We are assembling directly under the bewildered gaze of those who currently have all the power. The thing is, their power emanates from institutions, an extensive and ever growing and changing code of laws, written by a hierarchical network of legislative bodies and appointed individuals, enforced by bureaucrats and police, funded by imaginary money, which all serves to edify ideology. People looking at this from a conventional power structure see chaos and confusion and lack of focus. But the process has enabled us in Baltimore to create a shaky but functional infrastructure on a public square in just a couple of days that consistently draws a respectable number of dedicated and inspired people. It has enabled the people in Zuccotti Park to create what even the media admits is a miniature, fully functioning city. We're doing this all via a process that you don't even have to be literate to participate in. This is only the beginning of what we can accomplish, but we're also still learning and practicing. One thing's for sure, though: the fetters tying us to traditional authority are starting to show weak links.
If we use these tools well (and remember, they are tools, not rules), we stand to eventually render all institutionalized power obsolete. The things we have to guard against are the writing of laws, adding unnecessarily to the process, the creation of binding documents, and the appointment of leaders. Always saying, "I only represent myself" is vital. Never let anyone else represent you. By doing so we avoid codifying ideology, and we avoid the creation of a platform on which people might consolidate power. With regards to this, it is also important to not bow to the media's pressure on us to come up with specific demands. I personally think we are not actually making any concrete demands to corporations or governments. Look at the Declaration of the Occupation of New York City. It is a list of injustices perpetrated by corporations. But the call to action in the end is not towards governments or the corporations themselves, it's towards the people. This, to me, is extremely important because it means we are not asking the system to change, we are creating an entirely new system that removes our dependence on a system that has consistently failed us. This is why I think it's important to not align ourselves with any politicians, even as they express their support. Work with them if we must, but they should never speak for us, just as no one of us should speak for all of us. We have declared independence.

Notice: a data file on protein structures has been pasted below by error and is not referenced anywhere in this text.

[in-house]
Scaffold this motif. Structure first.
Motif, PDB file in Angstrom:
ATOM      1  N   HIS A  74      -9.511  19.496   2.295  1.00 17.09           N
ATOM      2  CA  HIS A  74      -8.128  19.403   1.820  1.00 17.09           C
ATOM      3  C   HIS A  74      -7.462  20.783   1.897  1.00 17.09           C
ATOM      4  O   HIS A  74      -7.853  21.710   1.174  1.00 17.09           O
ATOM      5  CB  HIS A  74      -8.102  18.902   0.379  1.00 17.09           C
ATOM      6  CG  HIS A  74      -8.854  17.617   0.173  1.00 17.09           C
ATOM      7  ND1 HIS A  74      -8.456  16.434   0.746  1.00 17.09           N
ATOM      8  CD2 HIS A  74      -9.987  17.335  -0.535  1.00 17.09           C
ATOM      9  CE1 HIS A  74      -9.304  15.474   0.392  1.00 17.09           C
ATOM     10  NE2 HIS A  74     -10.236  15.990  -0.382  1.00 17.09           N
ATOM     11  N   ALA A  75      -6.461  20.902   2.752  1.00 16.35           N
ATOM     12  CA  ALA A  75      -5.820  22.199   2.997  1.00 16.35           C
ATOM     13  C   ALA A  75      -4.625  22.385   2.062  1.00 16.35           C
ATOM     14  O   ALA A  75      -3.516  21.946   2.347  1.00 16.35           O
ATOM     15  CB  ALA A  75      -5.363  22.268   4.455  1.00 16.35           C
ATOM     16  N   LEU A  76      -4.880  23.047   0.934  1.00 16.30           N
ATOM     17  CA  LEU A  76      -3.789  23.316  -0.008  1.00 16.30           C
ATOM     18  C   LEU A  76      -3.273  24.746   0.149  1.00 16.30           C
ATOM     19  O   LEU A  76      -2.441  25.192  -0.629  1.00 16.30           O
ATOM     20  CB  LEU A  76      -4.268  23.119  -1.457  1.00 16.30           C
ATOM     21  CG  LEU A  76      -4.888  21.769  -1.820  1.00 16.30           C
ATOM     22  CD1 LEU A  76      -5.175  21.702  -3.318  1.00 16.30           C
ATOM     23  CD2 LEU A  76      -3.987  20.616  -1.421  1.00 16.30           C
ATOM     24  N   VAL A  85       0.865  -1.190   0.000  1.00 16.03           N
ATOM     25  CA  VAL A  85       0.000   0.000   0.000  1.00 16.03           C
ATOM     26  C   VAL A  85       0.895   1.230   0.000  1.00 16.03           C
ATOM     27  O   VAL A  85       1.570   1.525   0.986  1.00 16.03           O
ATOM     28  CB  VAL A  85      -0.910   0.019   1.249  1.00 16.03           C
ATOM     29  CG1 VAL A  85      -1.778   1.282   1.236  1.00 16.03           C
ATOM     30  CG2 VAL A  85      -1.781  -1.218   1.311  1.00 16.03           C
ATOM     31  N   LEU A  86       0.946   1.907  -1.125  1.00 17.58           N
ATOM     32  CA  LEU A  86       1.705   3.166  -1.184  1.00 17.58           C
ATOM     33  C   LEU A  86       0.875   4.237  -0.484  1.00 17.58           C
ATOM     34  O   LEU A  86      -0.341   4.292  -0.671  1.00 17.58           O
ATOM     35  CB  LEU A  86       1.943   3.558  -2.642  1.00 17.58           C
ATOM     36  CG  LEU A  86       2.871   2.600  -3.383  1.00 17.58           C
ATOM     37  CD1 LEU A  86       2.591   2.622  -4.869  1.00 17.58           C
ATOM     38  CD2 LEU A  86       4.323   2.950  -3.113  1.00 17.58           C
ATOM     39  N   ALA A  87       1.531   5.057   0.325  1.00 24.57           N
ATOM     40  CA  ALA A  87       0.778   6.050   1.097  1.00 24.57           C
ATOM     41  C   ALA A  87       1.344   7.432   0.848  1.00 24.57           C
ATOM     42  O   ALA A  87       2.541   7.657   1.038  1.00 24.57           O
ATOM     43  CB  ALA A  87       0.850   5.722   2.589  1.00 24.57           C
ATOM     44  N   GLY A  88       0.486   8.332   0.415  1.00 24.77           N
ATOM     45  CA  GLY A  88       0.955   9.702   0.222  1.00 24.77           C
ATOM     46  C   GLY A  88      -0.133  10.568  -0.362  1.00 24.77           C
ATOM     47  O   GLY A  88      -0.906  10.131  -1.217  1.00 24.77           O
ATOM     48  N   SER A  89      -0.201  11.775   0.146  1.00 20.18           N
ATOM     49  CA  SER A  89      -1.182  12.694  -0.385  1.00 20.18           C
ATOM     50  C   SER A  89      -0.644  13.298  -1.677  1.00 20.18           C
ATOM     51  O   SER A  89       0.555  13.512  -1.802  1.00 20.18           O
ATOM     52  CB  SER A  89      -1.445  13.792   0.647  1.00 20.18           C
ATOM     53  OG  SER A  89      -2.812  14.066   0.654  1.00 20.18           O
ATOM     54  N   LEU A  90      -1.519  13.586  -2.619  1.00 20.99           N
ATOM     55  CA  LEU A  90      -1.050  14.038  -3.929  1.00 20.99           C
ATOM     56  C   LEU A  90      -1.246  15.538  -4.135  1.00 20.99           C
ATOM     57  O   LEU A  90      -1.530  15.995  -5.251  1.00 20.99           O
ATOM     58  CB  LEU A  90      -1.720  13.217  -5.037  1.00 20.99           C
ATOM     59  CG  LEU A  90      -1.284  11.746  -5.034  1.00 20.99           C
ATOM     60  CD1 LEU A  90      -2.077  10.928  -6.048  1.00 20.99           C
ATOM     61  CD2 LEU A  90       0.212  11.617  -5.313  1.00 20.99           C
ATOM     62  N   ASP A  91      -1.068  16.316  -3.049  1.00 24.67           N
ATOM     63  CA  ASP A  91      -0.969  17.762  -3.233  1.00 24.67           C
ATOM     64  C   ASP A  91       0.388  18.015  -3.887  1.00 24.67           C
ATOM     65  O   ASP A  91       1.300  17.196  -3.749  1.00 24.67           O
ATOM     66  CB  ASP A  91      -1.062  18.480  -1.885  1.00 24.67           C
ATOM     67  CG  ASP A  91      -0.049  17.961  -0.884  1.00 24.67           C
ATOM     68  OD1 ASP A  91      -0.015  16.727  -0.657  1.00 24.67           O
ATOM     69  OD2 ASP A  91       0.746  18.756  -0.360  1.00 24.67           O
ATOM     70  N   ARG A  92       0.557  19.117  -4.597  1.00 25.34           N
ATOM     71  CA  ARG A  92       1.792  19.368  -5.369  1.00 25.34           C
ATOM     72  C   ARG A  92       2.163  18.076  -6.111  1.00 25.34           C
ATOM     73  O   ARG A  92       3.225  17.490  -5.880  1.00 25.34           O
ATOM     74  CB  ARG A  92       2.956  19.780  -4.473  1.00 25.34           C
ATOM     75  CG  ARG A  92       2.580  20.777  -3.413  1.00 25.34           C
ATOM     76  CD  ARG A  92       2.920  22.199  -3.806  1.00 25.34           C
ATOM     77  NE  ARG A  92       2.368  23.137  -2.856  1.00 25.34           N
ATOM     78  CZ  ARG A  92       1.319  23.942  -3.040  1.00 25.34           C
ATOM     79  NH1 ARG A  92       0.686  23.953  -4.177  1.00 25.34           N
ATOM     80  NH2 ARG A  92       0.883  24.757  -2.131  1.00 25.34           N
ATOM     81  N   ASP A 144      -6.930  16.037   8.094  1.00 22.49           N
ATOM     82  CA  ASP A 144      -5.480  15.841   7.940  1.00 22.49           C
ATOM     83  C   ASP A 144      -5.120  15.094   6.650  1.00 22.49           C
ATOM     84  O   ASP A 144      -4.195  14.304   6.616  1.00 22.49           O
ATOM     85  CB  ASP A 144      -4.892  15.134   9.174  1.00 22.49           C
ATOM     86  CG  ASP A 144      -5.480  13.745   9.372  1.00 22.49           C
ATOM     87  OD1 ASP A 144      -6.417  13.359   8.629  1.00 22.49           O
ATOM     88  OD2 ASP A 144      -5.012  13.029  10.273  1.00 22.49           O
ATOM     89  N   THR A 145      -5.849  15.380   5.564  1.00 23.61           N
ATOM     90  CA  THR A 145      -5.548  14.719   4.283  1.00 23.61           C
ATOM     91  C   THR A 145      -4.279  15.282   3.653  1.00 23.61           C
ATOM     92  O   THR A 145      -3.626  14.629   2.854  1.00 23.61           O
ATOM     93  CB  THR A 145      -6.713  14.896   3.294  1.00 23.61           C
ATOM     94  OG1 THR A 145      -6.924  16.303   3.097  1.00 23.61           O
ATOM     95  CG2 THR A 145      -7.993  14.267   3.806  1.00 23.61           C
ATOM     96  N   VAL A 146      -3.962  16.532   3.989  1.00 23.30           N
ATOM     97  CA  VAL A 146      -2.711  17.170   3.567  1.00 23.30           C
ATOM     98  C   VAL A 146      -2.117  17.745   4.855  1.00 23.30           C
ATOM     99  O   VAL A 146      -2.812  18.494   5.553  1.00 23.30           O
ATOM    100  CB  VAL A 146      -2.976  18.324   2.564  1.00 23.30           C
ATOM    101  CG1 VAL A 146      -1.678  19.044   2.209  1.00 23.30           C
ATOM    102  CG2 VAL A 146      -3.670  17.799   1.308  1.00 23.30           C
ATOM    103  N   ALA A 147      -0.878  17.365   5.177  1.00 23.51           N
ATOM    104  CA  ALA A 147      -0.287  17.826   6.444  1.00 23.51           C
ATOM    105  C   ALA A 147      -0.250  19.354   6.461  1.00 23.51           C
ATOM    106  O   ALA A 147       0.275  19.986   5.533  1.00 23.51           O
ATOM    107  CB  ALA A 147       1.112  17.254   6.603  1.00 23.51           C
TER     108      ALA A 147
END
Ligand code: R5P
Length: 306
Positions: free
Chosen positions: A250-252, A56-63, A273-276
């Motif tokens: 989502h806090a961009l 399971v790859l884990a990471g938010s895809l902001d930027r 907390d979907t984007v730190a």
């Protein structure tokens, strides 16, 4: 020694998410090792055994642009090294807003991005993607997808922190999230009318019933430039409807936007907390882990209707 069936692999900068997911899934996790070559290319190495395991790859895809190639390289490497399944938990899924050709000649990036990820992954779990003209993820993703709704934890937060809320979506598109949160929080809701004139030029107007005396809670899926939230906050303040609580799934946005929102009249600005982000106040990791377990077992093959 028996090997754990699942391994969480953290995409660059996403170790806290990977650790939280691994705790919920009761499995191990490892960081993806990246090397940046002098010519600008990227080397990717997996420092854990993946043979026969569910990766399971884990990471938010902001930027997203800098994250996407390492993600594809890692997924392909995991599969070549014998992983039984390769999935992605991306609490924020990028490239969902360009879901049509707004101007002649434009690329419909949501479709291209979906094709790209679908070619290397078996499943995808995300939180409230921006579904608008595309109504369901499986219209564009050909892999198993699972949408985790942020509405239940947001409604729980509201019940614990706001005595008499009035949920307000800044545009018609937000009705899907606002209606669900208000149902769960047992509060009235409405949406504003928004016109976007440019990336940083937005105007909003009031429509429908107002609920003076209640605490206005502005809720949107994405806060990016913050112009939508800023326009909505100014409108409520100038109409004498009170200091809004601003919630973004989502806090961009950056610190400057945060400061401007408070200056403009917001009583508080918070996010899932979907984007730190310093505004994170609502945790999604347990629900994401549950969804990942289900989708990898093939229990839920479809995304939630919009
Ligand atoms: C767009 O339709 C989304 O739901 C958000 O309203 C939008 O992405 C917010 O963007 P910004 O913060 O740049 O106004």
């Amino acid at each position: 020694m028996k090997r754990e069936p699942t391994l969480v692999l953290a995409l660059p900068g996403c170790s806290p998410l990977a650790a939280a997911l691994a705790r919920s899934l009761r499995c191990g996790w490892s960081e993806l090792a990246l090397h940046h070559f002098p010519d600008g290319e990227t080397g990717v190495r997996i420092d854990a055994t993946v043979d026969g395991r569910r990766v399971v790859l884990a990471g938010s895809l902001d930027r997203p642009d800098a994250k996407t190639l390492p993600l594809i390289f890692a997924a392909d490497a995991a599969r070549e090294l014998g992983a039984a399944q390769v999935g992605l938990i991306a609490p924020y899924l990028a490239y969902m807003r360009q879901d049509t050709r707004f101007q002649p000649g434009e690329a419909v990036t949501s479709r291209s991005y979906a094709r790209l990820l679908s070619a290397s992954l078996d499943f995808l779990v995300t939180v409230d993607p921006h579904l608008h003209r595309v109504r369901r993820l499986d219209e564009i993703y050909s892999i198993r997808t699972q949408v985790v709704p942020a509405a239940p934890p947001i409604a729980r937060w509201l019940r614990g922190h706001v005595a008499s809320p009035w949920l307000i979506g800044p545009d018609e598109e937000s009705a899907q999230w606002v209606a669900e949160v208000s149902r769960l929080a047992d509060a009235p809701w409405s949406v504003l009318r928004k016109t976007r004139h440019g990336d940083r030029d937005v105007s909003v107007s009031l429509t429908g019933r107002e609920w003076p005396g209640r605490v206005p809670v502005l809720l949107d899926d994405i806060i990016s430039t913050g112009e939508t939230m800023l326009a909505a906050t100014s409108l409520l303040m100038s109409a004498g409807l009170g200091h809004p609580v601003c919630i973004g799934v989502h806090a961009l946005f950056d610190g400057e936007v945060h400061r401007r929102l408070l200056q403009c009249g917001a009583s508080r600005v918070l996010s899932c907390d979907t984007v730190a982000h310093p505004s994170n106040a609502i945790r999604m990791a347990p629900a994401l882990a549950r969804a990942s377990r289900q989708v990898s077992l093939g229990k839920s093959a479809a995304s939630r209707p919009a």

As I waited for the subway after the GA, passed out on the bench was an obese man in a dirty Cradle of Filth t-shirt, a Guy Fawkes mask strapped to his head, and a laminated tag that read "Free Empathy" dangling from a lanyard around his neck. Passersby looked with obvious disgust and condescension at him. I'm sure some protesters saw him and thought he reflected poorly on the movement. Many people waiting for the train did indeed snicker at him and speak derisively of the #OWS protests. It got me thinking that the final thing that is essential to our movement is true inclusion and empathy, as the guy's tag advocated. Empathy and respect is the air that this process breathes - without those things, all of this will die. That passed-out dude is one of the 99% just like the rest of us, he is one of the people we stand beside and defend, no matter what you think of him. I think this extends to even people you find annoying, rude, or even offensive. The reason why the GA last night succeeded despite such heated arguing (and it was arguing, not debating), is that there was an implicit trust and love between everyone participating. It was understood that the elevated emotions were due to everyone caring enormously about what they were doing. Try to tolerate even the most infuriating and unruly people, try to bear with the boring and excruciating moments. We are birthing a new world, which ain't pretty, and it ain't easy.
So I hope I've provided some sort of encouragement for people who still haven't seen the point of what we're doing. We can't be looking for quick fixes or easy drama right now. Too much is on the line. Power to the 99%.